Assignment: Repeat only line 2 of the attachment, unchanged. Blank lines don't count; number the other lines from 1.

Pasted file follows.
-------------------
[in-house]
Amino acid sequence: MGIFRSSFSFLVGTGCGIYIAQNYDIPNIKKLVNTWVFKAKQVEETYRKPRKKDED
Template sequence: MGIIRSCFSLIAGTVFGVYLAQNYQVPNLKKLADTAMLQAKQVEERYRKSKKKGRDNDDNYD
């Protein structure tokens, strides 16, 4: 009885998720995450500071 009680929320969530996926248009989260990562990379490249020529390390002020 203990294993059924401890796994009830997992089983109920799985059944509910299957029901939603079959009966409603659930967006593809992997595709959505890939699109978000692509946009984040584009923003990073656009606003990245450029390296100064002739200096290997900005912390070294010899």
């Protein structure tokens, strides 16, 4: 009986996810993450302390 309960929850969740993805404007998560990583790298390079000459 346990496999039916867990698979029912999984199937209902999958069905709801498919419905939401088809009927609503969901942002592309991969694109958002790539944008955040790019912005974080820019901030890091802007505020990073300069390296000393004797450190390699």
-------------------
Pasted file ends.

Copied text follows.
Amino acid sequence: MGIFRSSFSFLVGTGCGIYIAQNYDIPNIKKLVNTWVFKAKQVEETYRKPRKKDED